YOUTH is a busy man. The multi-million selling music producer is busy putting the finishing touches to three albums when the Olive Press calls.
But the musical maverick who has produced records by Paul McCartney, Pink Floyd, The Verve and Kate Bush – to name a few – has still got time for Spain’s only English-language investigative newspaper.
“I’m a big fan of The Olive Press,” he says in a laconic drawl. “I’ve followed it for years. I always read it when I’m in Spain.”
Currently, it’s a new Spanish enterprise that is consuming his time.
Next month, Youth launches the Puretone Resonate Festival at his legendary Space Mountain studio, with a special gathering on the slopes of Granada’s Sierra Nevada mountains ahead of next year’s first full-size festival.
Ambient artists like The Orb, Roger Eno, Jah Wobble and Coldcut’s Matt Black will be bringing blissed-out vibes to campers over three nights.
Built in a 60-acre olive grove, the eight-bedroom Space Mountain – complete with a Hobbit-themed wing – is a stunning setting.
“The local mayor and friends have encouraged me,” he says. “They are very interested in bringing artists to the area so I decided to open up it up.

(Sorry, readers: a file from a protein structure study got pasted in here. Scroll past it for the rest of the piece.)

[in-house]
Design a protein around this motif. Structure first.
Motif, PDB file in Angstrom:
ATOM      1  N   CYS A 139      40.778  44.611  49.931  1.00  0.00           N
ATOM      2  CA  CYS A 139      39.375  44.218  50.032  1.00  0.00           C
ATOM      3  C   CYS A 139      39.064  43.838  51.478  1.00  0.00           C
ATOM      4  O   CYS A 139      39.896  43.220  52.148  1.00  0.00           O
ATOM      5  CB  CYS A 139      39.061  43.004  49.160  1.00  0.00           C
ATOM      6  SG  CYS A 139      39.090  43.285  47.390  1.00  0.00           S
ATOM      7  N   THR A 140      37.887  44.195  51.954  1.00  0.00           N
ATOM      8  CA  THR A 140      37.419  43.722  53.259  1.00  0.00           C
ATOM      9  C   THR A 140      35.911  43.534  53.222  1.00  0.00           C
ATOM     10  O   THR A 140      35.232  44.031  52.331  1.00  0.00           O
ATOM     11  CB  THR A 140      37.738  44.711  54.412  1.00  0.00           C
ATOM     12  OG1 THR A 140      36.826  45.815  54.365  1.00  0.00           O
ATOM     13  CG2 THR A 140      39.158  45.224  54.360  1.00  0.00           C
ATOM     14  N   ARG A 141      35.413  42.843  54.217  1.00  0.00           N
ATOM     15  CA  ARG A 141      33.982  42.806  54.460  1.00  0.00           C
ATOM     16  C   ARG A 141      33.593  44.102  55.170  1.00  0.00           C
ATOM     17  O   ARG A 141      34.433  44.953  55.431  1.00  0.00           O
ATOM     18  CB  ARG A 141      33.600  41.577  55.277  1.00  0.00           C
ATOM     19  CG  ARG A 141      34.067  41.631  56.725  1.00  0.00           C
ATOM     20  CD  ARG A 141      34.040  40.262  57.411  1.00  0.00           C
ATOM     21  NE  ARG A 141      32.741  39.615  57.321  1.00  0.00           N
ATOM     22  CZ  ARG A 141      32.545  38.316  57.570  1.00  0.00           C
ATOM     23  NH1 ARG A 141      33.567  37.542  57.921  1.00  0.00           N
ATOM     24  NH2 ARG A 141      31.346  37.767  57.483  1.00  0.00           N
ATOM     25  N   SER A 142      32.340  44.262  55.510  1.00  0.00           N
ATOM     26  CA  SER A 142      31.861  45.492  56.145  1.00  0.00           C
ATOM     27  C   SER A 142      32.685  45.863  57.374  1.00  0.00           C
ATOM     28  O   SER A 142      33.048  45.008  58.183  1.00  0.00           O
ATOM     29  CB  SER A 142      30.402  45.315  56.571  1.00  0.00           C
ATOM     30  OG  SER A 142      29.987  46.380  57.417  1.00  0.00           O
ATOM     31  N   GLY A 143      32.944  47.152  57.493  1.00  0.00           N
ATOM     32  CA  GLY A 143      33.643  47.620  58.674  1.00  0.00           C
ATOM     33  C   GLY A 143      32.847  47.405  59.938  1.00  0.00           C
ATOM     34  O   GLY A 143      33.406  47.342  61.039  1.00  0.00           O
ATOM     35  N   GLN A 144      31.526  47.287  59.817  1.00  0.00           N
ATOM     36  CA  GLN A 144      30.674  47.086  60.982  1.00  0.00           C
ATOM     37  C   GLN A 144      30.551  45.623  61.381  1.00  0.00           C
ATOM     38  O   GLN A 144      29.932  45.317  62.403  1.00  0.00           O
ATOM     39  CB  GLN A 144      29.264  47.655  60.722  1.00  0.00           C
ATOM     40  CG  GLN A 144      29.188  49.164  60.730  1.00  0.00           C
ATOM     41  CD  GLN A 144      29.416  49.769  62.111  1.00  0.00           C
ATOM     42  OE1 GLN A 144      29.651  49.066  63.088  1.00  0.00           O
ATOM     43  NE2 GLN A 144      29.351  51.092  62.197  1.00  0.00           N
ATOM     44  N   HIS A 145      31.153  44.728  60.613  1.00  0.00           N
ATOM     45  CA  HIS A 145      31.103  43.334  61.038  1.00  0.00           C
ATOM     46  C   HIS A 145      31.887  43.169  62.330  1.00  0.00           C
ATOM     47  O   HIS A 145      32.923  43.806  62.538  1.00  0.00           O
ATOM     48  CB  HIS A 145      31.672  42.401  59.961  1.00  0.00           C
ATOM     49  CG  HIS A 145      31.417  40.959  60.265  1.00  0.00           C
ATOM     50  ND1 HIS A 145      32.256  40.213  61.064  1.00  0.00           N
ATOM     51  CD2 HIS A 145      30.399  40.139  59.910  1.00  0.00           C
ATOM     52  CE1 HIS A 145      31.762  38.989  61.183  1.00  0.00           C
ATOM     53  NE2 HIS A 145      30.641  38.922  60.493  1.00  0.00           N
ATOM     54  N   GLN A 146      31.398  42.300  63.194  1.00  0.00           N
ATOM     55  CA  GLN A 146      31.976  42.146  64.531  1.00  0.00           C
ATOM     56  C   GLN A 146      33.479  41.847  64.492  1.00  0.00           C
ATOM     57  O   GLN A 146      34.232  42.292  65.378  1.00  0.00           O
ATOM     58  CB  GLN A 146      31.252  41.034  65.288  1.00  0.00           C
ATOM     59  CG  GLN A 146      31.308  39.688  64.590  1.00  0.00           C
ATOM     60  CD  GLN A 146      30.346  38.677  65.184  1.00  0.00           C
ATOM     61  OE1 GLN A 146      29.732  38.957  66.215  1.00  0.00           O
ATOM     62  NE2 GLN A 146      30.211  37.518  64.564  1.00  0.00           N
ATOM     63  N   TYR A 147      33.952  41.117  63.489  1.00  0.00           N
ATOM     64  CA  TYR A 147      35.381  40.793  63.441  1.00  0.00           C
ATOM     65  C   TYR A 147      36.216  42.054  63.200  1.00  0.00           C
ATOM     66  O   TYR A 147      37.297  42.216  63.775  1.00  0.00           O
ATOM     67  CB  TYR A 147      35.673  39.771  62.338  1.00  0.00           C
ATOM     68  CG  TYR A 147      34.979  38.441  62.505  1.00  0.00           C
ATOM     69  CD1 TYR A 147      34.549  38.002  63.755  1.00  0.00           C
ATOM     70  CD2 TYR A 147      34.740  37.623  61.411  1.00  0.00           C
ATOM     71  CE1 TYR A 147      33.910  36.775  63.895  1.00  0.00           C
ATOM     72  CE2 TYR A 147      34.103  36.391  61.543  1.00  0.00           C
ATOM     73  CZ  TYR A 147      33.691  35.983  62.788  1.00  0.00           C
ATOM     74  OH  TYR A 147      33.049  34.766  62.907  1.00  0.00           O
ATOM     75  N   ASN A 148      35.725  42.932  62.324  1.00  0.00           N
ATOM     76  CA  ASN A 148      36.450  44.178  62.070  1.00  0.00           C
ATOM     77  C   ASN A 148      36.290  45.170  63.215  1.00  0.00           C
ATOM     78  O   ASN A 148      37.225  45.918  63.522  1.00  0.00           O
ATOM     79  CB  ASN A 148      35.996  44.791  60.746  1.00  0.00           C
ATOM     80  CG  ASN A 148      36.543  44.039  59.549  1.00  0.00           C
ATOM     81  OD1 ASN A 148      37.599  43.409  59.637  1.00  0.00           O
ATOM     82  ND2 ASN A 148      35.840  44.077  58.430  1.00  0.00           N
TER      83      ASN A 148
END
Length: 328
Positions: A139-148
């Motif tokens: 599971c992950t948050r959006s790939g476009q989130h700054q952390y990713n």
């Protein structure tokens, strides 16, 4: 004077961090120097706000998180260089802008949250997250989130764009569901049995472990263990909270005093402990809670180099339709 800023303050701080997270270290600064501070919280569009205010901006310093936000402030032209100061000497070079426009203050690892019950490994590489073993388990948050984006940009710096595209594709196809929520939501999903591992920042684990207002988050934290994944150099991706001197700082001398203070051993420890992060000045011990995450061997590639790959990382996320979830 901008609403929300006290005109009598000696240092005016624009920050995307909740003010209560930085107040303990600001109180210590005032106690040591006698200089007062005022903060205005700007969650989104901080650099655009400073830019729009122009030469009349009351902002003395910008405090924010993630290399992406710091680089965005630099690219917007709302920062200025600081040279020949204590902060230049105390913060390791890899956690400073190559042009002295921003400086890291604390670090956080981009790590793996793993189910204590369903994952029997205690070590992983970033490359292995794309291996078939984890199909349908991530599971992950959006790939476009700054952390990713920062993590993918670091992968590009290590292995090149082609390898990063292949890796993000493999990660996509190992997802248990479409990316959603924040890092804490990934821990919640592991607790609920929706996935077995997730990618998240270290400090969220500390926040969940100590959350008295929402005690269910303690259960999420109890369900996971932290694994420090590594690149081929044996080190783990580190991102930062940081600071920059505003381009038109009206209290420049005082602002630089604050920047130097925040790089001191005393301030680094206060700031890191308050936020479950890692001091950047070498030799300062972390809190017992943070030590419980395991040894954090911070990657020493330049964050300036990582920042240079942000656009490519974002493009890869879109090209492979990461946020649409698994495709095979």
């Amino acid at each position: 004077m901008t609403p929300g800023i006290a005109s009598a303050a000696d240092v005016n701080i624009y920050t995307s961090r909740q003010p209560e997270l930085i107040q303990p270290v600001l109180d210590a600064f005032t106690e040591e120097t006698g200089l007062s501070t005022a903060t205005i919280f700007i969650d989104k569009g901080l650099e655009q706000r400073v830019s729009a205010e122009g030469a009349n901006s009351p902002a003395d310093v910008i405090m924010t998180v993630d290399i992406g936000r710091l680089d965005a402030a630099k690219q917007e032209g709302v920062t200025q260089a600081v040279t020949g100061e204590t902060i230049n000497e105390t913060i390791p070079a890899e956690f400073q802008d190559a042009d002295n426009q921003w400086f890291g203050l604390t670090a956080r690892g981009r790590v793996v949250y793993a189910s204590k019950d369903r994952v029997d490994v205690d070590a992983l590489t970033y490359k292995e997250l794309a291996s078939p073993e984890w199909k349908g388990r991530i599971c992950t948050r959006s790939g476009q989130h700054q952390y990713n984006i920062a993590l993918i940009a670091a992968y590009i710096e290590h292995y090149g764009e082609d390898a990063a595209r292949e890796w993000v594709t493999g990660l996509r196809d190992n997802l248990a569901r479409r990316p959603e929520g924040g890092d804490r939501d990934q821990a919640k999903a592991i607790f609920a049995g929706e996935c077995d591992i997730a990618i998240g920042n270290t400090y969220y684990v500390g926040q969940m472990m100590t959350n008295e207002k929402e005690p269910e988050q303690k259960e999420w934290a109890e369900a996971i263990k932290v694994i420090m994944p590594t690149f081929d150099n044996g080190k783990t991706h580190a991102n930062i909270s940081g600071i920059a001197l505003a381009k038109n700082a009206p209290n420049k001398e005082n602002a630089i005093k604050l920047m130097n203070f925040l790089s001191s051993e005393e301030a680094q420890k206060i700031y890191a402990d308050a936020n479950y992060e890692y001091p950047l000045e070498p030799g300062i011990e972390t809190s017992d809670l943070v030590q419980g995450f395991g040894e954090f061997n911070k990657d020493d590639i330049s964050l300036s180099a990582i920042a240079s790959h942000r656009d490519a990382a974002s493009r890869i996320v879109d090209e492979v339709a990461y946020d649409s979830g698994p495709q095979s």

“This year will be more like a launch party for around 1,500 people. But I want to open it up next year along the whole valley.”
Youth’s music career has seen him run the full gamut of musical genres. He’s helped invented a few, too. Starting as bassist in cult post-punk band Killing Joke, he joined ambient-techno pioneers The Orb.
As a producer, international awards and accolades have piled up like the snows of a Sierra Nevada winter. A film about his career hits cinemas later this year. He has sold 20 million records.
But this son of the British counter culture is fully wired in to Granada’s rich musical traditions.
“The musical heritage there is so strong. It is a big part of why I am there. I’m a huge fan of Camaron de la Isla, Paco de Lucia, Morente,” he said.
“I take artists into Granada to see flamenco and they get inspired.”
Space Mountain was born out of Youth’s frequent visits to Granada in the late 80s, where he befriended Keith Webb, a former session drummer with Jimi Hendrix and Donovan.
“I bought the land to build a studio there in 1998 as I couldn’t face more basement studios in London,” he said.
“It was the beginning of the end for big studios in London, but I still needed a facility.
“Studios where Jimi Hendrix and Jimmy Page have recorded are inspiring. You think, ‘If they can do that maybe I can create a great record’.
“But those mountains bring out a different kind of vibe. That epic sublime nature – it resonates with your emotional geography.”
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